I was perusing my Twitter PLN as The Frisch Africa Encounter ended, and so I was reminded of an important step in the PBL process: reflection. The sophomore grade and I had been doing so much hands-on and non-traditional learning throughout the Africa project that I decided to survey my class of sophomores the old-fasioned way: by having a class discussion and -- gasp! -- writing their reactions on the whiteboard. Ken Robinson, forgive me.
Above are the pictures I took of the responses. Since I don't want to strain your eyesight, I'll rewrite them here:
1) Image of Africans changed -- Kelvin [a boy from Sierra Leone who repurposed tech garbage into technology he needed and then spent three weeks at MIT under the sponsorship of an MIT student] was innovative. American kids don't have to be innovative, because we have everything given to us.
2) We [American teenagers] become more productive eventually, because we have education. We also remain healthy because we are vaccinated and can eat good food and have clean water.
3) We have more time, because we're not consumed with gaining the necessities of life [e.g., food, water].
4) We were unaware of the religious persecution in Africa.
5) Somalia can't fix itself because of its religious leaders.
6) We live much farther from the natural world [than do Africans].
Here's the consensus about what's good and bad about African vs. American life:
Bad: We're disconnected from the natural world, from our origins. We're addicted to technology.
Good: We're able to advance with our technologies and capitalism.
One student summed up the wrap-up session with this: "I didn't really think that I was learning anything while the project was going on, but now that it's over and we discussed it, I can see how much I actually learned." [Should I just give this student an A for the rest of the year?]
The students also assessed the way they learned throughout The Frisch Africa Encounter. They loved the type of whole-body learning they engaged in. I teach one section out of seven in the sophomore grade, and my students are Honors students, but a history teacher surveyed her non-Honors classes as well, and the student responses I saw also revealed how much the kids loved the type of engaged and active learning they were doing. They also loved contributing to the project using the skills and passions they had: art, music, writing, technology, fundraising, etc. In short, students understood they were learning in a new way, and they liked and appreciated learning by doing rather than learning by lecture.
The class and I have returned to our discussion of The Poisonwood Bible, which we had not been able to finish before the night of the Africa event, on December 18. I'm happy discussion of the book was interrupted (I gave up a lot of class time to the whole-body learning the Africa project demanded). Now that the students have absorbed the lessons of the overall unit, they can analyze the book with a more discerning eye.
Example: At the end of the book, a character who has died and has become one with the African forest narrates and sends the message that the white, Western world has to, in essence, get over itself and understand where Africa is coming from and that its values are different from Western ones.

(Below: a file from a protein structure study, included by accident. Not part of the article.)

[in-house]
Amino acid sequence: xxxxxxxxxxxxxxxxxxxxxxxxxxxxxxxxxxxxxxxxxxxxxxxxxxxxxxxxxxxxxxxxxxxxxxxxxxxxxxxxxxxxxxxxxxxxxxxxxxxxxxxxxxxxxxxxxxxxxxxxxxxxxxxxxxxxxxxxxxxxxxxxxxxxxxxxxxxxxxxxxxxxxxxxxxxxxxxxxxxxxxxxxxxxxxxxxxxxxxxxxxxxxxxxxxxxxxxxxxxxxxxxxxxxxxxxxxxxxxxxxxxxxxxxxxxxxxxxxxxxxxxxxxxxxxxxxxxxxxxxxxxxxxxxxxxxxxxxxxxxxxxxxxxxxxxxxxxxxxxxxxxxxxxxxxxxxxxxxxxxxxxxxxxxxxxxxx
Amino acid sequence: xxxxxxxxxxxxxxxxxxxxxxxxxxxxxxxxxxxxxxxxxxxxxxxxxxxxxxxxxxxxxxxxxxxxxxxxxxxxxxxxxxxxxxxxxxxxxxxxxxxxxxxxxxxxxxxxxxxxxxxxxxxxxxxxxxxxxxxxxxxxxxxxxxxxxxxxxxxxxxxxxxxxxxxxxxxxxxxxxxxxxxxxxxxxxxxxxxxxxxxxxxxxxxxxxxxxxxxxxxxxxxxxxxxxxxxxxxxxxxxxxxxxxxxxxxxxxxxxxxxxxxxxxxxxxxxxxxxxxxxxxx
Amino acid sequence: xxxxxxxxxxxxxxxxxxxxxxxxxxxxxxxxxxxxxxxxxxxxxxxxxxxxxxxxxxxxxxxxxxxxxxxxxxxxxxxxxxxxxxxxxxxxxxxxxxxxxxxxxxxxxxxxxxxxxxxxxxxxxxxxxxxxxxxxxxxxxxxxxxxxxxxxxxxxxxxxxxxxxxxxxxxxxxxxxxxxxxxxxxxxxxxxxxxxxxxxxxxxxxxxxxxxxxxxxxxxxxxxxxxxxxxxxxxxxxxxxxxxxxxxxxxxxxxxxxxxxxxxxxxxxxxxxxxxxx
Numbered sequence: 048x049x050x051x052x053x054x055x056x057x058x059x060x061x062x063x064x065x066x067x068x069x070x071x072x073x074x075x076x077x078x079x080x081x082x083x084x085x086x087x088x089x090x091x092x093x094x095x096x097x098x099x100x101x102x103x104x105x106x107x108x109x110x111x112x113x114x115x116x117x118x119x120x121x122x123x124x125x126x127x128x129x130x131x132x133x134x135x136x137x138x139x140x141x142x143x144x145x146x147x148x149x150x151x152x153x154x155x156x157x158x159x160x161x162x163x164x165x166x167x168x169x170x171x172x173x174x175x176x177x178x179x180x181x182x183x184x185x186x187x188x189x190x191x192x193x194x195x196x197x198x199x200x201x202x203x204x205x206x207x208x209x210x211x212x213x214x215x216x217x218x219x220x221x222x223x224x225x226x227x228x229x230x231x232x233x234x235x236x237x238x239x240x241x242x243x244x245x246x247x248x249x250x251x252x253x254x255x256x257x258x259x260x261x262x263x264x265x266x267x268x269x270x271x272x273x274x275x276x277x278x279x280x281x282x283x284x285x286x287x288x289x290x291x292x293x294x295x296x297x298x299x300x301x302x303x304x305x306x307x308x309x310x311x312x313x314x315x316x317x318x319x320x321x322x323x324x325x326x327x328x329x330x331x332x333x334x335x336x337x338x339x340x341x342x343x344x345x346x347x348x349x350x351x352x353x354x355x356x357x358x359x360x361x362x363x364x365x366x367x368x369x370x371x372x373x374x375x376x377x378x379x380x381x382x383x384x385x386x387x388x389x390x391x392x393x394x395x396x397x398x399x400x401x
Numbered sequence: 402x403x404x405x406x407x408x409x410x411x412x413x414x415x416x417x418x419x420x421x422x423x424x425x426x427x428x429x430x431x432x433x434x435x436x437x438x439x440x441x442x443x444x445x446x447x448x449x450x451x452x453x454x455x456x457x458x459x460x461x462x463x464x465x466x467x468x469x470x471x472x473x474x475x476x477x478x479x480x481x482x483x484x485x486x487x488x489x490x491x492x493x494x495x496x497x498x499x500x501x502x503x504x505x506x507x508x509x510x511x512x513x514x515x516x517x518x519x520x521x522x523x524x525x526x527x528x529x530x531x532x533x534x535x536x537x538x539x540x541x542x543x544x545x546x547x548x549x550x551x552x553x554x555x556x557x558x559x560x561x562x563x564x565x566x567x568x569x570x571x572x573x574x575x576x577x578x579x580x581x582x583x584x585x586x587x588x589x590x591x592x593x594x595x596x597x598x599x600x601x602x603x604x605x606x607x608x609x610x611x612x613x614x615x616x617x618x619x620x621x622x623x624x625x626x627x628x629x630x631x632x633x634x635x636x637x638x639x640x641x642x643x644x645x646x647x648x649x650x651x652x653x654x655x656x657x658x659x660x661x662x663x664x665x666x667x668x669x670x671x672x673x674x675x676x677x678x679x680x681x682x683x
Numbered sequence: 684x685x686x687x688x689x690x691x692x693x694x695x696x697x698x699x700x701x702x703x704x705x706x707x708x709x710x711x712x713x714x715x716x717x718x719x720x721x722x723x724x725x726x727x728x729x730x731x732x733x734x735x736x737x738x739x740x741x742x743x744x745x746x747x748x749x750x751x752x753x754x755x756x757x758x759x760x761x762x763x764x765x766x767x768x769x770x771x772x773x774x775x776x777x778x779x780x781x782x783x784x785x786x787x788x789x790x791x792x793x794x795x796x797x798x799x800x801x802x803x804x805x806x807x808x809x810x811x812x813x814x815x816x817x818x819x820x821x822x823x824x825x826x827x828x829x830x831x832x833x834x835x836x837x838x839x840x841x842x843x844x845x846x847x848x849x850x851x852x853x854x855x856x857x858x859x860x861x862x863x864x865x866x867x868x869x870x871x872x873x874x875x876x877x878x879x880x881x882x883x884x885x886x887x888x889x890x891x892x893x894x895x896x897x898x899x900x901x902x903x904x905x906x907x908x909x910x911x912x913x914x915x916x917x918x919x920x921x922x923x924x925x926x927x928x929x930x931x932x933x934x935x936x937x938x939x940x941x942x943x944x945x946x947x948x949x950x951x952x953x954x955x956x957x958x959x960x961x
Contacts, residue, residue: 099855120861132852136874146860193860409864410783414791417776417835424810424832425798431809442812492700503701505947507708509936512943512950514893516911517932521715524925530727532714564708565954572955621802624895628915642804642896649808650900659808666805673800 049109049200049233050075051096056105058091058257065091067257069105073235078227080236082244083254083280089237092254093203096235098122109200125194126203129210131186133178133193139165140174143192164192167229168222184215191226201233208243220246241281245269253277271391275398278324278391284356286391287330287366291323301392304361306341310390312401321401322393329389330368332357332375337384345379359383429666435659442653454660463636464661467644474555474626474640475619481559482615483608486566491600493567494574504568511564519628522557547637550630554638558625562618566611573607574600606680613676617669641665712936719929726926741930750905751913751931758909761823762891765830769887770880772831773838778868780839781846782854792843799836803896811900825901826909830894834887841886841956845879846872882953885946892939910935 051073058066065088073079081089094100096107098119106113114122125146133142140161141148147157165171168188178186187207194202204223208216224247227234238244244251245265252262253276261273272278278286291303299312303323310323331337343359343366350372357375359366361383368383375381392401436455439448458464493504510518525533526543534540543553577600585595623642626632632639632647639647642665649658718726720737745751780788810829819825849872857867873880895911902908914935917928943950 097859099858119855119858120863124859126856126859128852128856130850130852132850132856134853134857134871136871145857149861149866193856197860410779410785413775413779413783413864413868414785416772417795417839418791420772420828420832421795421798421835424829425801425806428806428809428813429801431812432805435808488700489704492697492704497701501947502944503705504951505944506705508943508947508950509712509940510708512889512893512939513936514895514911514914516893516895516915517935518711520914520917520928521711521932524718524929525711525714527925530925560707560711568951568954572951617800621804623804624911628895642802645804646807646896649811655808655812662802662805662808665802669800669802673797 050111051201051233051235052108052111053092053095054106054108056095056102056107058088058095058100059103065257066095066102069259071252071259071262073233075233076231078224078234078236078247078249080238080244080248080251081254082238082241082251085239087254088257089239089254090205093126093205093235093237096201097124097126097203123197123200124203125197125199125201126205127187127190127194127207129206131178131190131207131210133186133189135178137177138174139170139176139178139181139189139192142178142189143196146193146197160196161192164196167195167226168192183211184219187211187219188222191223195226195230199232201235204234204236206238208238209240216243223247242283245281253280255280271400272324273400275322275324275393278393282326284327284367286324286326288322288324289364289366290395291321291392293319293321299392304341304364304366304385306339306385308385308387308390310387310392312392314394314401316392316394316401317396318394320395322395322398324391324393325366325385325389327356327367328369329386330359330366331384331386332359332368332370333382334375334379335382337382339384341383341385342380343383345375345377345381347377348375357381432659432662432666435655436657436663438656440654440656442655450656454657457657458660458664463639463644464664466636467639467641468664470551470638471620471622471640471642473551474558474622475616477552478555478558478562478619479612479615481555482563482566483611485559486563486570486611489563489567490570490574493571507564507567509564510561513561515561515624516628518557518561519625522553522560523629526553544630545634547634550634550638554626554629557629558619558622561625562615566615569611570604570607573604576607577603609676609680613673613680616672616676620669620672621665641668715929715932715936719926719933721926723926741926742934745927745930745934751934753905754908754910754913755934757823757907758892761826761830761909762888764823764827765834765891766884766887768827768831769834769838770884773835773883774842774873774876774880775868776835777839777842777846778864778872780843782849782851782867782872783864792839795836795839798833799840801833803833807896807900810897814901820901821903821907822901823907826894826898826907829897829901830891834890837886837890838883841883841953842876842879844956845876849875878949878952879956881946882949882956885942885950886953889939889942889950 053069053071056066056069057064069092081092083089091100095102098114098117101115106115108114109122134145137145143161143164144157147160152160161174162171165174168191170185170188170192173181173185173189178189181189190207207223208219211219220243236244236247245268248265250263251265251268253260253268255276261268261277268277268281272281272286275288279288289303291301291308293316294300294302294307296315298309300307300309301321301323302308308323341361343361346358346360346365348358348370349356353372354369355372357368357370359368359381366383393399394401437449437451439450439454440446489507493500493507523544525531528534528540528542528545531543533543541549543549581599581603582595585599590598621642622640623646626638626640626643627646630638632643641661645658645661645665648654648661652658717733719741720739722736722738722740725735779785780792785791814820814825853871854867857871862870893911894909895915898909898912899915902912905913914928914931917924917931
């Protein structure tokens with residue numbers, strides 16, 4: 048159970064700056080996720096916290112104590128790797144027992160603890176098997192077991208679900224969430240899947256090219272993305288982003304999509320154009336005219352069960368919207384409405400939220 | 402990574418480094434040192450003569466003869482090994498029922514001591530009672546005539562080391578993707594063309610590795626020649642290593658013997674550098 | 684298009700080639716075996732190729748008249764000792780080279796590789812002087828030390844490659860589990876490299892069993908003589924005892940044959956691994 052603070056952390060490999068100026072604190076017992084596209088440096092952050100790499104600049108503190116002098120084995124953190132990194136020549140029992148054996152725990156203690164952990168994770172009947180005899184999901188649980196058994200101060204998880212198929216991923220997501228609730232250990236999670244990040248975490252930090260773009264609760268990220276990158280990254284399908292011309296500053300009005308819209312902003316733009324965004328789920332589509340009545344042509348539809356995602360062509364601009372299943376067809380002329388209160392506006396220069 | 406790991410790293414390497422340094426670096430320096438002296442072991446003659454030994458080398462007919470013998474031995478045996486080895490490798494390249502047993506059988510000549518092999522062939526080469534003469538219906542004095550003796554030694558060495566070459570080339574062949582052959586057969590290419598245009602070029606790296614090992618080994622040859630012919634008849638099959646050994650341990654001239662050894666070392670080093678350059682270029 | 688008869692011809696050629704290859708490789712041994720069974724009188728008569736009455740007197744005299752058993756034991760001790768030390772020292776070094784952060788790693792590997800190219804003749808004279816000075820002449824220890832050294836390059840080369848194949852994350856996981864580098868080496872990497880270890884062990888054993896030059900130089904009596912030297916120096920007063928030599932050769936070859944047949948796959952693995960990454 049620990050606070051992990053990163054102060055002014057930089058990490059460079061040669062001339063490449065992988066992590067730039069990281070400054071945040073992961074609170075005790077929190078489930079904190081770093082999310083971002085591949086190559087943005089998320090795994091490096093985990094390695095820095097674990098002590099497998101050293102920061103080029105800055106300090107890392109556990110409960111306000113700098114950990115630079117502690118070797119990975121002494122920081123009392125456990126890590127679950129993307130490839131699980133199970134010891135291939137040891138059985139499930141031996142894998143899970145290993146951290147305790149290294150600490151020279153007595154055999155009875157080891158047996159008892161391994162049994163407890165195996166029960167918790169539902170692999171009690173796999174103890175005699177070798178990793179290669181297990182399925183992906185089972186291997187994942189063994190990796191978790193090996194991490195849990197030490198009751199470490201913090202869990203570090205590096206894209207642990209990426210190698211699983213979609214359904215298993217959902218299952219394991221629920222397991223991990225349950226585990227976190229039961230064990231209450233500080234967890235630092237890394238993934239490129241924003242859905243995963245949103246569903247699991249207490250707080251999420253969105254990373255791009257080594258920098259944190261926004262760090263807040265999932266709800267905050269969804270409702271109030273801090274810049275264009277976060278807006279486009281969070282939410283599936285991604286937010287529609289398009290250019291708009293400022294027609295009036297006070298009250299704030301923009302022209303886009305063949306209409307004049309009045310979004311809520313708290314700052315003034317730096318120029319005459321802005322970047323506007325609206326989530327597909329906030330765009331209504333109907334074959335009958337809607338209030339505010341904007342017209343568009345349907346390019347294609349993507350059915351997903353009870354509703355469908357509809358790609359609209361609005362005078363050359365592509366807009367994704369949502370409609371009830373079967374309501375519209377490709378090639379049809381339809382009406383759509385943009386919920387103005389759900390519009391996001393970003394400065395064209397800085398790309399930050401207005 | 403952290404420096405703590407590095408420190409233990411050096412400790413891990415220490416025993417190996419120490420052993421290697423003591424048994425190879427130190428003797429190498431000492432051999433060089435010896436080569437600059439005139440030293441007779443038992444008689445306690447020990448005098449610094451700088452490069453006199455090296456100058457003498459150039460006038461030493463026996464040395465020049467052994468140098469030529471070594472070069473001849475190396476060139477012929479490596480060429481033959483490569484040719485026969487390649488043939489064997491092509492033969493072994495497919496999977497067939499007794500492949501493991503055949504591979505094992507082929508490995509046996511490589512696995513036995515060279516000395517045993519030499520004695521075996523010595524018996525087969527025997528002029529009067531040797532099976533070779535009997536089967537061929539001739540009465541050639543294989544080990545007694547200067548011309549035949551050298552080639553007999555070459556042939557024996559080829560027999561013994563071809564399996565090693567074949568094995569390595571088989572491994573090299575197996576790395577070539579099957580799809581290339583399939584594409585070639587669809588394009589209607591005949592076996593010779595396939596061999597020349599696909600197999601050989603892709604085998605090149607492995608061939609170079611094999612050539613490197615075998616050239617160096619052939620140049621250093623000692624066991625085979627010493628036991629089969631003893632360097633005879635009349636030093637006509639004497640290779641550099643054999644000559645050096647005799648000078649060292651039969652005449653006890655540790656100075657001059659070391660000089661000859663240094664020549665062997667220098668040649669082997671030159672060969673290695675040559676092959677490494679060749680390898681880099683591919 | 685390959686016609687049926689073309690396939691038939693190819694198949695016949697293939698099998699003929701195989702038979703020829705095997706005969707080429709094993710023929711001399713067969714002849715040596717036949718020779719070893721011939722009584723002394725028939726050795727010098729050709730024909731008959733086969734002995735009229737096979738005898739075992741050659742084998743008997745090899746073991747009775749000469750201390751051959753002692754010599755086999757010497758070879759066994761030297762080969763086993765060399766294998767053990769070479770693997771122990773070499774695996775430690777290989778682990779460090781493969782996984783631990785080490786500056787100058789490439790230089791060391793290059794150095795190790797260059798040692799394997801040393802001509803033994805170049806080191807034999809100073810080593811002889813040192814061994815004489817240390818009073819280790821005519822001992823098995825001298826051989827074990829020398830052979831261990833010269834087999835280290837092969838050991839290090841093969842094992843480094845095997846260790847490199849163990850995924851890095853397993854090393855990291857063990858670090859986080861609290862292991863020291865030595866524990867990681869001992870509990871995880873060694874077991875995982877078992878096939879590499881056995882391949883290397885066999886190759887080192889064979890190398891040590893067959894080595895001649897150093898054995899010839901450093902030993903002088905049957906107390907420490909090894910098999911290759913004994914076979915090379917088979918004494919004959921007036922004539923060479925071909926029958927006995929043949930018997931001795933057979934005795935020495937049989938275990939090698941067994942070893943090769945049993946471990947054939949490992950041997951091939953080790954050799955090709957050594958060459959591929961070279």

A student asked why we should at all help Africa. Why did we do the project? Shouldn't we just leave Africa alone already? It was interesting to see the students reprocess the project and arrive at the conclusion -- again! -- that helping means giving Africans the opportunities to live in the same healthy and productive ways that Americans do, but doesn't mean arriving, as Nathan Price in The Poisonwood Bible does, thinking that our American way of life is inherently better than the way the Africans live. We also discussed in a deeper way than we had at the beginning of the unit the Western world's exploitation of Africa and its resources and our obligation to make reparations, so to speak.
Students continue to be enthusiastic about Africa. One day I walked into my classroom to find "We love Africa" written on the board. Another day, a student announced that the Discovery Channel was showing a documentary about animal life in Africa. He found the trailer online, we watched it and gave ourselves homework to watch the documentary. I couldn't be more pleased about the enthusiasm for learning that has developed. The students want to learn not because they have a test, but because they're excited about this new world that has opened up to them and want to understand all about it. They see that though they learned a lot already, what they've learned is just the tip of the iceberg, and they want to know more!
I'll end with one more student response: A boy came up to me after our reflection session and said he was overwhelmed. There is so much to do in Africa. "How can we possibly make any difference? There's so much work to be done," he said. I recited a saying from Ethics of our Fathers, a famous compilation of Jewish wisdom: "It is not your responsibility to finish the work, but neither are you free to exempt yourself from doing it." We then discussed how the sophomore grade had already begun the work of helping Africa by engaging in the fundraiser for Innovation: Africa.
In sum, then, as much as I love opening my students' eyes to new ideas and new ways of learning, I continue to be touched, awed and humbled by the responses they have when learning about the world they inhabit.
To read the blog post about The Frisch Africa Encounter, go to: